But Cash Dividends Are The Best Type Of Dividend!
I like cash dividends, but a dividend investor should understand the different types of dividends.
So, let’s dive into the various forms of dividends. And some other key information that all dividend investors should understand.
Information about the issuance of dividends. In order to make money from dividends. Because making money from dividends is our goal!
5 Types Of Dividends That Companies Can Issue
- Cash dividends
- Stock dividends
- Property dividends
- Scrip dividends
- Liquidating dividends
We will discuss each of these in more detail. But first, let’s make sure we understand exactly what a dividend is? And before that, just one more thing to help you out on your dividend investing journey…
You can find all of our dividend investing posts neatly organized and at your service. Here, in our library of dividend investing articles.
What Are Dividends?
Now, let’s make sure we all know what a dividend is. Later, I will have more on exactly how dividends work at different companies.
Dividends are distributions of economic value. And dividends are paid by a company to owners of its stock.
Distributions can come in a variety of forms. Furthermore, they are made from past profits. Finally, dividends are an important way for stockholders to share in a company’s financial success.
Now, we know what a dividend is. So, let’s discuss the 5 types of dividends in more detail.
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Types Of Dividends: Fully Explained
Yes, a dividend is a distribution that has economic value. But, the value can be transferred in several different forms. Let’s go through the various forms of dividends now…
1. Types Of Dividends: Cash Dividends
First of all, let’s answer an important question. What is a cash dividend? I think we all understand good ole cash. Fortunately, cash is the most common type of dividend distribution.
Once a cash dividend is received, it is the investor’s choice what to do with it. Spend it, save it, or reinvest in the stock that paid. Or, another type of investment.
Next, let’s talk about cash dividends vs. stock dividends.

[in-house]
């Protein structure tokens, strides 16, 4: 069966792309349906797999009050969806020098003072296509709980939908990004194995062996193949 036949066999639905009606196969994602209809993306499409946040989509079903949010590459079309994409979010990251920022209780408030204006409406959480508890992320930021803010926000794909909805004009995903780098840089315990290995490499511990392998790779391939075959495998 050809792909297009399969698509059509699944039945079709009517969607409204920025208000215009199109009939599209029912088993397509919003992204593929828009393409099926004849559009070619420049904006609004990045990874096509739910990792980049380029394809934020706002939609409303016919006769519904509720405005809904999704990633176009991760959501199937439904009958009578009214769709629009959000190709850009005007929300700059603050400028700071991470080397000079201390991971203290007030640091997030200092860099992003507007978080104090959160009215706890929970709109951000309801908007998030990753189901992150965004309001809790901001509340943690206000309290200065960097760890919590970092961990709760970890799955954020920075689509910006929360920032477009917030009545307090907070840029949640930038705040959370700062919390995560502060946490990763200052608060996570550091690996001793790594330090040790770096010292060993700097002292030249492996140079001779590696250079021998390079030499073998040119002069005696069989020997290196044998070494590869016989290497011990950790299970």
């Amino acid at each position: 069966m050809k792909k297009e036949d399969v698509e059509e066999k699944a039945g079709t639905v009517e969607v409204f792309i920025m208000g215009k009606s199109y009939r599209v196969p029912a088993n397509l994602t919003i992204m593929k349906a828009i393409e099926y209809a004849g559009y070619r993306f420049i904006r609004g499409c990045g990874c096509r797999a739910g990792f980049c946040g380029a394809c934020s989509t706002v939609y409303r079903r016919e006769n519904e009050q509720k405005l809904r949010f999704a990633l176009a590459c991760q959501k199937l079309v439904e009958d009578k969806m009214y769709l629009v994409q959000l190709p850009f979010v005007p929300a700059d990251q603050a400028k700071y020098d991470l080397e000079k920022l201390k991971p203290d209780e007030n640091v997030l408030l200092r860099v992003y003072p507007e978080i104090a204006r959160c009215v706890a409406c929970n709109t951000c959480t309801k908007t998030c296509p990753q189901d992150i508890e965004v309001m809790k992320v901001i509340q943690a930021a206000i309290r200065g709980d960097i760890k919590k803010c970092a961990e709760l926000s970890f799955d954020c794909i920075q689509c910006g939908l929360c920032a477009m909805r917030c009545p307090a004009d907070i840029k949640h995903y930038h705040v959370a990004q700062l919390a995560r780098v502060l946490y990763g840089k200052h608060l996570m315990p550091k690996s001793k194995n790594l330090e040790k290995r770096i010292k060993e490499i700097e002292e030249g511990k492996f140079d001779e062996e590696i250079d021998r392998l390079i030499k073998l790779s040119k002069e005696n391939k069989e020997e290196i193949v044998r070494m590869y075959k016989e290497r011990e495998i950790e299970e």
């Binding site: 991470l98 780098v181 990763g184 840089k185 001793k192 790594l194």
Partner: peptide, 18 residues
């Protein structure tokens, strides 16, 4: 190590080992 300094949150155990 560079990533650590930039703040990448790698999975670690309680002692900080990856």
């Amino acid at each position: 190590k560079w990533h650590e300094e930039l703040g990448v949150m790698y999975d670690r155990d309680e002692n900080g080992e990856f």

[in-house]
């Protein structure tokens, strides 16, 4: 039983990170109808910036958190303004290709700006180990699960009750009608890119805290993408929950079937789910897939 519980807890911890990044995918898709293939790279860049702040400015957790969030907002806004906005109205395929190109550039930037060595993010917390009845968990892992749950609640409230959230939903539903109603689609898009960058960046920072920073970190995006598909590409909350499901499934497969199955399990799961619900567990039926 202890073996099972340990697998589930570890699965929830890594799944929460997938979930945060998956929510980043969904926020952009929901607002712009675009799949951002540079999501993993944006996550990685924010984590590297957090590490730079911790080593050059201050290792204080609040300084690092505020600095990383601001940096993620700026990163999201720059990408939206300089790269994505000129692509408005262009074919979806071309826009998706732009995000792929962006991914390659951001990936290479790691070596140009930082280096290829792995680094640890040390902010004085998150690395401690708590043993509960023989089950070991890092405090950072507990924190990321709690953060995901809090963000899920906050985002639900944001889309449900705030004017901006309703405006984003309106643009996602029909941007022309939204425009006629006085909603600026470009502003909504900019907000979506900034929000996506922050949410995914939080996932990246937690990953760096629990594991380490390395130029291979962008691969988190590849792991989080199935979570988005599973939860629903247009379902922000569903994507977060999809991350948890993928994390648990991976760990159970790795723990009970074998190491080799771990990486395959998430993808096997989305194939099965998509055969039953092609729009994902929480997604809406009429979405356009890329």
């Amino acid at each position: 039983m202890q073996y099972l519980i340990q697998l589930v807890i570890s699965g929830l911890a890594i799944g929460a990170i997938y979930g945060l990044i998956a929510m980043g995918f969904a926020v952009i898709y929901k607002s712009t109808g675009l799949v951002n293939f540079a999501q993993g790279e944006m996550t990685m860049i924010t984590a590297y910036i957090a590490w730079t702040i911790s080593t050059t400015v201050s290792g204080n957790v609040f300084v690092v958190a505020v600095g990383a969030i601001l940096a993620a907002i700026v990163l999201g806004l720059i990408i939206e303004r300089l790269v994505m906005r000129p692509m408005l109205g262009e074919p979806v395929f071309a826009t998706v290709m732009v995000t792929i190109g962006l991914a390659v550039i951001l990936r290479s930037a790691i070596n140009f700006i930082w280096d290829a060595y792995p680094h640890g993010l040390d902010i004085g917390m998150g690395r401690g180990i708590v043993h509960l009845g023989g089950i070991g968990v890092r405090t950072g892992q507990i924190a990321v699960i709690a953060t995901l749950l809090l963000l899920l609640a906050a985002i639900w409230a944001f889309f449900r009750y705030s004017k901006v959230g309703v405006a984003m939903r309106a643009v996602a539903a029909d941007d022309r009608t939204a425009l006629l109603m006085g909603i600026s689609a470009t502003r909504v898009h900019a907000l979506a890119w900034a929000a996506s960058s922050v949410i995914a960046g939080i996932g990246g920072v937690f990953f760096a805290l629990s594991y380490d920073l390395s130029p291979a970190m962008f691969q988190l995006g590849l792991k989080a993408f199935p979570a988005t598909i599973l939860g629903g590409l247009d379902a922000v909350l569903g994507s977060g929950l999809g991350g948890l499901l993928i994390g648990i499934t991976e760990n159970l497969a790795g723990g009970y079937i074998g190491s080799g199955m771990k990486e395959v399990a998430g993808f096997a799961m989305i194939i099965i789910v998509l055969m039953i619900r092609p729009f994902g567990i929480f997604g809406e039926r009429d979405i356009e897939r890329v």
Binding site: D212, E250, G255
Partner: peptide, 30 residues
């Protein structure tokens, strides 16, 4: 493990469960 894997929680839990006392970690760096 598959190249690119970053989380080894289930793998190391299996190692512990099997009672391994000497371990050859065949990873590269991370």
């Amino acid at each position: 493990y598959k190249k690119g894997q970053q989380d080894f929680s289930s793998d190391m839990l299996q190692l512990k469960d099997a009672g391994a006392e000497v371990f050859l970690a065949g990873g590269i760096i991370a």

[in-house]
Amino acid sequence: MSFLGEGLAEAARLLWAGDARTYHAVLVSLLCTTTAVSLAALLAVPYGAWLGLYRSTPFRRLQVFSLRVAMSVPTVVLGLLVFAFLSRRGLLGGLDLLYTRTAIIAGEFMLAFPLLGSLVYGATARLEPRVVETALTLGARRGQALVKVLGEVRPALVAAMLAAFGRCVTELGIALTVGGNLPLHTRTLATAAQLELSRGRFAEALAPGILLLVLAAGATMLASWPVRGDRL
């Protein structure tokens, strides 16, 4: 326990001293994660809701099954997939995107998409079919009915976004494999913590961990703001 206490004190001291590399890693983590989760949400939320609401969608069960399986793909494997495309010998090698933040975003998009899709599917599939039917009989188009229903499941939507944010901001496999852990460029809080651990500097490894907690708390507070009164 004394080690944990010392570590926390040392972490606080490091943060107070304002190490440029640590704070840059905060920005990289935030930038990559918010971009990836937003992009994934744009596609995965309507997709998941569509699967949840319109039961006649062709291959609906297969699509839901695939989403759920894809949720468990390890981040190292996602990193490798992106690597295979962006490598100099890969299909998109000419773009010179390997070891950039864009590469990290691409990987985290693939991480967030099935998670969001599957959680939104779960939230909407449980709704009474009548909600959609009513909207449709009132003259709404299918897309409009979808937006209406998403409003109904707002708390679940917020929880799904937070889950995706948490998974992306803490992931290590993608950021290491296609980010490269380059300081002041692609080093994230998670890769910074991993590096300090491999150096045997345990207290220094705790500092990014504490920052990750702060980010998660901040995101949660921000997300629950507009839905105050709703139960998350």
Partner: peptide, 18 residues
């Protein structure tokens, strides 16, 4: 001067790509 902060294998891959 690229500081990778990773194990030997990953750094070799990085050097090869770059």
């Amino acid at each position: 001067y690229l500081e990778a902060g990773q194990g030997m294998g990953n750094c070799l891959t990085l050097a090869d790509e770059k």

2. Types Of Dividends: Stock Dividends
Versus cash dividends, a company may choose to give its shareholders additional stock. On the surface, this sounds nice. But it has little economic meaning to an investor.
Why is that? Because the effect of stock dividends is to just keep an investor whole. With no net gain.
Because he or she still holds the same percentage ownership in the company. Also, the value of the company remains the same.
So, there is little to no value transferred to a stockholder. As compared to receiving regular cash dividends. Furthermore, no value has been created at the company.
What about a stock dividend vs. a stock split?. While a stock dividend is typically less than 25% of the total number of previous shares outstanding. Stock splits can create many more times the number of shares outstanding. Or, even more.
Using a dividend example, Apple recently split its shares 4 for 1. As an owner in Apple stock at the time of the split, you owned 4 times as many shares. But the shares revalued in the market at 25% of the pre-split price.
Finally, stock dividends are sometimes referred to as a dividend in kind. Or, distribution in kind.
3. Types Of Dividends: Property Dividends
In rare cases, a company paying a dividend does so in the form of property. Or, some type of physical asset.
The company records the dividend on their books at the fair market value of the asset. Once received, the investor can do with the asset as they please. Keep it, sell it, store it, or destroy it.
This sounds like a hassle to me. I’m glad that property dividends are rarely issued. I’ve been a dividend investor for nearly 20 years and have never received one!
4. Types Of Dividends: Scrip Dividends
Companies typically issue scrip dividends instead of a cash dividend. Why is that?
Because they do not have sufficient funds for paying cash dividends. So instead, they issue a scrip dividend. A scrip is essentially a promissory note, or I owe you (IOU). That promises to pay shareholders at a later date.
Therefore, a scrip dividend creates a liability on a company’s books. Just like a cash dividend.
But unlike a cash dividend, the note payable will be held for a longer period. That timing is subject to the company’s cash availability in the future.
5. Types Of Dividends: Liquidating Dividends
A board of directors may desire to return capital originally contributed by shareholders. When this occurs, it is called a liquidating dividend. Also known as a return of capital.
A liquidating dividend may lead to the shutting down of the business. This is not common. And certainly not the type of businesses I want to invest in.